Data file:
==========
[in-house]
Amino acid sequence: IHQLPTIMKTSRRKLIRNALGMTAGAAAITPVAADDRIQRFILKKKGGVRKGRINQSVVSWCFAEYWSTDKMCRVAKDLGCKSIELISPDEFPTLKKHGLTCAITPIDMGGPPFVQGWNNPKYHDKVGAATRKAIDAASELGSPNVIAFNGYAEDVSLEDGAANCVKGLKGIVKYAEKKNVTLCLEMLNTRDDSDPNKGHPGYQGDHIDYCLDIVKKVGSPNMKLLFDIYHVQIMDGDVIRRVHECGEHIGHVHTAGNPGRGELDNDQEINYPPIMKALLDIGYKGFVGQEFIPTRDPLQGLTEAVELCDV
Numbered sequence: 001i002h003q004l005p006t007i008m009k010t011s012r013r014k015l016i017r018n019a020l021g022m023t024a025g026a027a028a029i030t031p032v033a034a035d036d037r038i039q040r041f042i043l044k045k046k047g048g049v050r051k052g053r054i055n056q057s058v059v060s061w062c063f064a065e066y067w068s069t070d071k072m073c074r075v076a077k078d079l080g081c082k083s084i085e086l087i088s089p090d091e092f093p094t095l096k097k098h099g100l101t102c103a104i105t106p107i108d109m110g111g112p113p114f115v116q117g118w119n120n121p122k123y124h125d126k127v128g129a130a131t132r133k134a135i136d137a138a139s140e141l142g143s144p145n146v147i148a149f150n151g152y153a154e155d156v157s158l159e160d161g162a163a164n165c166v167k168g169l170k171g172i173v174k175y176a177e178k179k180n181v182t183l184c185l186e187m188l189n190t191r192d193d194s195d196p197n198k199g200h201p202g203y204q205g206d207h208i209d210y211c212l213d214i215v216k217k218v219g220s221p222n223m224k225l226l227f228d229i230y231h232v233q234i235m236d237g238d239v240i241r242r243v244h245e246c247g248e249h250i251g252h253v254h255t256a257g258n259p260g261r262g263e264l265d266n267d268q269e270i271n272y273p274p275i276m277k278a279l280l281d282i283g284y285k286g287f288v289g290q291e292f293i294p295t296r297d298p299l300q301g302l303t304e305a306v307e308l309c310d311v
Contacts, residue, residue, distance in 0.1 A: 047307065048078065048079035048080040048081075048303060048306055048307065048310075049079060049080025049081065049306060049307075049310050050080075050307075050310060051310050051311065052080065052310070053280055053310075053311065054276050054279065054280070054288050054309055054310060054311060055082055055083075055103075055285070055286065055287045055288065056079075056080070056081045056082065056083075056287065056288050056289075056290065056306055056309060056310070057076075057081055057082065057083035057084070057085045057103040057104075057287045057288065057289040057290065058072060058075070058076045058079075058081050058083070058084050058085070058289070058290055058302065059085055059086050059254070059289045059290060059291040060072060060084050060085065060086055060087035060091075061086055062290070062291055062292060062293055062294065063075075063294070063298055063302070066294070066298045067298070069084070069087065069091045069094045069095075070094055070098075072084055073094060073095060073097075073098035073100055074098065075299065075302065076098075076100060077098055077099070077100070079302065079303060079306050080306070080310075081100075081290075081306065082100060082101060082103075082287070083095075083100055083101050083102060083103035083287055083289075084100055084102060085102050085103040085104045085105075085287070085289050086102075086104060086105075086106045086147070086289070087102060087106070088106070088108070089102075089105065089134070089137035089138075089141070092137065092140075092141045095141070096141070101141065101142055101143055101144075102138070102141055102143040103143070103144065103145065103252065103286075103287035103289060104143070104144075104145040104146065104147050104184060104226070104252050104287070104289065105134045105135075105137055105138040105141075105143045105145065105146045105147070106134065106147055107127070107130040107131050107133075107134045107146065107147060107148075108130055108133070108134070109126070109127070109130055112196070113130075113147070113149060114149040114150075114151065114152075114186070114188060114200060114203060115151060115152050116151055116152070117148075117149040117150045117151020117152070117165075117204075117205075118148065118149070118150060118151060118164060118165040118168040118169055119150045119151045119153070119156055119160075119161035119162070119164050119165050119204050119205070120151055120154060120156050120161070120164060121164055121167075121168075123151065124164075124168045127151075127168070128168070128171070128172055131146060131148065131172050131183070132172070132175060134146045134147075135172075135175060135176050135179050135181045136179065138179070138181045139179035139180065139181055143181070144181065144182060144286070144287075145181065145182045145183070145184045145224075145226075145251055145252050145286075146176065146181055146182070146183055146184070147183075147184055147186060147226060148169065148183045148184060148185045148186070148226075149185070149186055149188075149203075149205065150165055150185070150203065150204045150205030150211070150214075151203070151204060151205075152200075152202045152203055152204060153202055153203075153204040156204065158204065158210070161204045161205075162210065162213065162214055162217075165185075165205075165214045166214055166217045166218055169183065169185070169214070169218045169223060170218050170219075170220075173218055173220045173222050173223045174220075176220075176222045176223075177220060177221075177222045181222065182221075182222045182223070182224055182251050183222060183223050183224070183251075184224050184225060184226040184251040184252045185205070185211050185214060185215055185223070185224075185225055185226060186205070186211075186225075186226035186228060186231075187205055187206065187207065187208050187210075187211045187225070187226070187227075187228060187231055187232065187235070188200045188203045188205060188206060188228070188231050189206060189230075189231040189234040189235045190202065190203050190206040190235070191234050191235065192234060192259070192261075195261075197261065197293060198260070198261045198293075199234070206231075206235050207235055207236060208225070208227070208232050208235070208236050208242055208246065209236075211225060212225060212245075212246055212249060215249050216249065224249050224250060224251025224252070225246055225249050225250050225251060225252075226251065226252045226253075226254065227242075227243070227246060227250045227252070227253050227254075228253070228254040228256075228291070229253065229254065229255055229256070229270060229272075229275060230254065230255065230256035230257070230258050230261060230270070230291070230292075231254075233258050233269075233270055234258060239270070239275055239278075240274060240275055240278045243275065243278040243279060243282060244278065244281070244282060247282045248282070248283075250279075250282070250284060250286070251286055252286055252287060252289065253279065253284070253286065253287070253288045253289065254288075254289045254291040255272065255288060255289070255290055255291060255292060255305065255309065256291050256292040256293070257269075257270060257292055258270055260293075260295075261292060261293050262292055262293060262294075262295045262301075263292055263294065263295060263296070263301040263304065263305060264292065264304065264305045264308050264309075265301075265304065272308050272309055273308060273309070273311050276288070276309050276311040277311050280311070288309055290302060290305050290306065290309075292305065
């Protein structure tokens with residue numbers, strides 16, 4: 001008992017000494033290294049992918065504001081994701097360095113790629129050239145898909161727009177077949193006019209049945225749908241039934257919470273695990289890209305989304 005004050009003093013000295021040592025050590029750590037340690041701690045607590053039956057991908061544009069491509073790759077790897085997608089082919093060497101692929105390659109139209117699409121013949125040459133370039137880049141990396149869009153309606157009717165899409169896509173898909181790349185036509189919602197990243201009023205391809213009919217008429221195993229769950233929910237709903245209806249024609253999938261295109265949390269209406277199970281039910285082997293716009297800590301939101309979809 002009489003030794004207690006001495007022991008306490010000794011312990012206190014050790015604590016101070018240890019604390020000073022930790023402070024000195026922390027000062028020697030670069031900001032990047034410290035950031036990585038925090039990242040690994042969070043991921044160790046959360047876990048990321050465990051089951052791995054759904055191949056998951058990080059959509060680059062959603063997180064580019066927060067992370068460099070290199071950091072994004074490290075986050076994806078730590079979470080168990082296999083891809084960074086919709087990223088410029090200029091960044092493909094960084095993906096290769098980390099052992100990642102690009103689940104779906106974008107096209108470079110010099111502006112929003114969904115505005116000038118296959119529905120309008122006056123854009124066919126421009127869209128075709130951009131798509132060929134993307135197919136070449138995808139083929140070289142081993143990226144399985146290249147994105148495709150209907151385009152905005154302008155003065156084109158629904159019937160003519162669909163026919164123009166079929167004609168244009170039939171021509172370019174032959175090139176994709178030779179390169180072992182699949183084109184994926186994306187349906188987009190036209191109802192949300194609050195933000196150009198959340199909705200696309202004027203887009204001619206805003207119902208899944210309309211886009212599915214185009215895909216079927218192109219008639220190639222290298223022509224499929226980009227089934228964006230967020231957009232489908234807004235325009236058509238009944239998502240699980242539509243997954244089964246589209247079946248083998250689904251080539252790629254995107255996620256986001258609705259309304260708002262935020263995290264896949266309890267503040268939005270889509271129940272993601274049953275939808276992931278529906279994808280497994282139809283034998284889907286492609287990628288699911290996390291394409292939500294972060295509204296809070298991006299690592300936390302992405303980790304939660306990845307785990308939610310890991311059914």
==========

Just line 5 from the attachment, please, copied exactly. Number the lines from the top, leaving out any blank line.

């Protein structure tokens with residue numbers, strides 16, 4: 001008992017000494033290294049992918065504001081994701097360095113790629129050239145898909161727009177077949193006019209049945225749908241039934257919470273695990289890209305989304 005004050009003093013000295021040592025050590029750590037340690041701690045607590053039956057991908061544009069491509073790759077790897085997608089082919093060497101692929105390659109139209117699409121013949125040459133370039137880049141990396149869009153309606157009717165899409169896509173898909181790349185036509189919602197990243201009023205391809213009919217008429221195993229769950233929910237709903245209806249024609253999938261295109265949390269209406277199970281039910285082997293716009297800590301939101309979809 002009489003030794004207690006001495007022991008306490010000794011312990012206190014050790015604590016101070018240890019604390020000073022930790023402070024000195026922390027000062028020697030670069031900001032990047034410290035950031036990585038925090039990242040690994042969070043991921044160790046959360047876990048990321050465990051089951052791995054759904055191949056998951058990080059959509060680059062959603063997180064580019066927060067992370068460099070290199071950091072994004074490290075986050076994806078730590079979470080168990082296999083891809084960074086919709087990223088410029090200029091960044092493909094960084095993906096290769098980390099052992100990642102690009103689940104779906106974008107096209108470079110010099111502006112929003114969904115505005116000038118296959119529905120309008122006056123854009124066919126421009127869209128075709130951009131798509132060929134993307135197919136070449138995808139083929140070289142081993143990226144399985146290249147994105148495709150209907151385009152905005154302008155003065156084109158629904159019937160003519162669909163026919164123009166079929167004609168244009170039939171021509172370019174032959175090139176994709178030779179390169180072992182699949183084109184994926186994306187349906188987009190036209191109802192949300194609050195933000196150009198959340199909705200696309202004027203887009204001619206805003207119902208899944210309309211886009212599915214185009215895909216079927218192109219008639220190639222290298223022509224499929226980009227089934228964006230967020231957009232489908234807004235325009236058509238009944239998502240699980242539509243997954244089964246589209247079946248083998250689904251080539252790629254995107255996620256986001258609705259309304260708002262935020263995290264896949266309890267503040268939005270889509271129940272993601274049953275939808276992931278529906279994808280497994282139809283034998284889907286492609287990628288699911290996390291394409292939500294972060295509204296809070298991006299690592300936390302992405303980790304939660306990845307785990308939610310890991311059914």